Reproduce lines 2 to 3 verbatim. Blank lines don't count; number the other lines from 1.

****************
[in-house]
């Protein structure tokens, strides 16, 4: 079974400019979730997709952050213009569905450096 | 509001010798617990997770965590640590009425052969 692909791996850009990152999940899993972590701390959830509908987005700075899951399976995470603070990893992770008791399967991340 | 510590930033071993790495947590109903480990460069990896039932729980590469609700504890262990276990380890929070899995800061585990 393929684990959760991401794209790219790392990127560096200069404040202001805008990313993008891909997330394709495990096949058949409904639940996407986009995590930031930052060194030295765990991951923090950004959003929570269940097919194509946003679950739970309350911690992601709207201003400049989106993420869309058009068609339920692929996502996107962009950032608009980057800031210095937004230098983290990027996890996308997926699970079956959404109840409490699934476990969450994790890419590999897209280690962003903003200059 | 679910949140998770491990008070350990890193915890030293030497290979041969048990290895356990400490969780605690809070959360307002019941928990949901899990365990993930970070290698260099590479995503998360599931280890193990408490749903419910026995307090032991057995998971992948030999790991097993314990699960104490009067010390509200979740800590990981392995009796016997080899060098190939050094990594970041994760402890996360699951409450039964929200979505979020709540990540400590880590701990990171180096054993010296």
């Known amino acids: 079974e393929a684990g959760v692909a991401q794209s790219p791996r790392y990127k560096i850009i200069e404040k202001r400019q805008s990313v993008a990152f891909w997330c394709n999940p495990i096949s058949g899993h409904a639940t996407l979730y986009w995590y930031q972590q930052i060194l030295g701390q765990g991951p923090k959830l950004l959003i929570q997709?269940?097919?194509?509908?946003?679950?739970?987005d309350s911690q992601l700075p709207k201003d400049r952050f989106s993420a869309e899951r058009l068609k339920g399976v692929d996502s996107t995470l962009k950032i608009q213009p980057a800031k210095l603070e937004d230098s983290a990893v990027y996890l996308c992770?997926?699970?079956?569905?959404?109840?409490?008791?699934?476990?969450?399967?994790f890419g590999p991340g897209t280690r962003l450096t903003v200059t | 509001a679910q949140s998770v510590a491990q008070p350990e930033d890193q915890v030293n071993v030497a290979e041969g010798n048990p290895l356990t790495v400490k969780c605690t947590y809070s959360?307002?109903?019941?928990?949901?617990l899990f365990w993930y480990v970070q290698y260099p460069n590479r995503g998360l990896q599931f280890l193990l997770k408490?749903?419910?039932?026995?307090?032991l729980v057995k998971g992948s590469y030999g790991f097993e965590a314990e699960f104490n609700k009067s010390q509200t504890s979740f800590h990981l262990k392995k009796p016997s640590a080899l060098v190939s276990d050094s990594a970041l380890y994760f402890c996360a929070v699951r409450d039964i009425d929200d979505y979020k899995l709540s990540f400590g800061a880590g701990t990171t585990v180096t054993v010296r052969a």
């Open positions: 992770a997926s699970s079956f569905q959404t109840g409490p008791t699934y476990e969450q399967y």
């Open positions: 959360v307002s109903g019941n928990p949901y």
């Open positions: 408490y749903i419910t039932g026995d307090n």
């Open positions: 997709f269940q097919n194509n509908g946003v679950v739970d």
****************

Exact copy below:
């Protein structure tokens, strides 16, 4: 079974400019979730997709952050213009569905450096 | 509001010798617990997770965590640590009425052969 692909791996850009990152999940899993972590701390959830509908987005700075899951399976995470603070990893992770008791399967991340 | 510590930033071993790495947590109903480990460069990896039932729980590469609700504890262990276990380890929070899995800061585990 393929684990959760991401794209790219790392990127560096200069404040202001805008990313993008891909997330394709495990096949058949409904639940996407986009995590930031930052060194030295765990991951923090950004959003929570269940097919194509946003679950739970309350911690992601709207201003400049989106993420869309058009068609339920692929996502996107962009950032608009980057800031210095937004230098983290990027996890996308997926699970079956959404109840409490699934476990969450994790890419590999897209280690962003903003200059 | 679910949140998770491990008070350990890193915890030293030497290979041969048990290895356990400490969780605690809070959360307002019941928990949901899990365990993930970070290698260099590479995503998360599931280890193990408490749903419910026995307090032991057995998971992948030999790991097993314990699960104490009067010390509200979740800590990981392995009796016997080899060098190939050094990594970041994760402890996360699951409450039964929200979505979020709540990540400590880590701990990171180096054993010296």
């Known amino acids: 079974e393929a684990g959760v692909a991401q794209s790219p791996r790392y990127k560096i850009i200069e404040k202001r400019q805008s990313v993008a990152f891909w997330c394709n999940p495990i096949s058949g899993h409904a639940t996407l979730y986009w995590y930031q972590q930052i060194l030295g701390q765990g991951p923090k959830l950004l959003i929570q997709?269940?097919?194509?509908?946003?679950?739970?987005d309350s911690q992601l700075p709207k201003d400049r952050f989106s993420a869309e899951r058009l068609k339920g399976v692929d996502s996107t995470l962009k950032i608009q213009p980057a800031k210095l603070e937004d230098s983290a990893v990027y996890l996308c992770?997926?699970?079956?569905?959404?109840?409490?008791?699934?476990?969450?399967?994790f890419g590999p991340g897209t280690r962003l450096t903003v200059t | 509001a679910q949140s998770v510590a491990q008070p350990e930033d890193q915890v030293n071993v030497a290979e041969g010798n048990p290895l356990t790495v400490k969780c605690t947590y809070s959360?307002?109903?019941?928990?949901?617990l899990f365990w993930y480990v970070q290698y260099p460069n590479r995503g998360l990896q599931f280890l193990l997770k408490?749903?419910?039932?026995?307090?032991l729980v057995k998971g992948s590469y030999g790991f097993e965590a314990e699960f104490n609700k009067s010390q509200t504890s979740f800590h990981l262990k392995k009796p016997s640590a080899l060098v190939s276990d050094s990594a970041l380890y994760f402890c996360a929070v699951r409450d039964i009425d929200d979505y979020k899995l709540s990540f400590g800061a880590g701990t990171t585990v180096t054993v010296r052969a």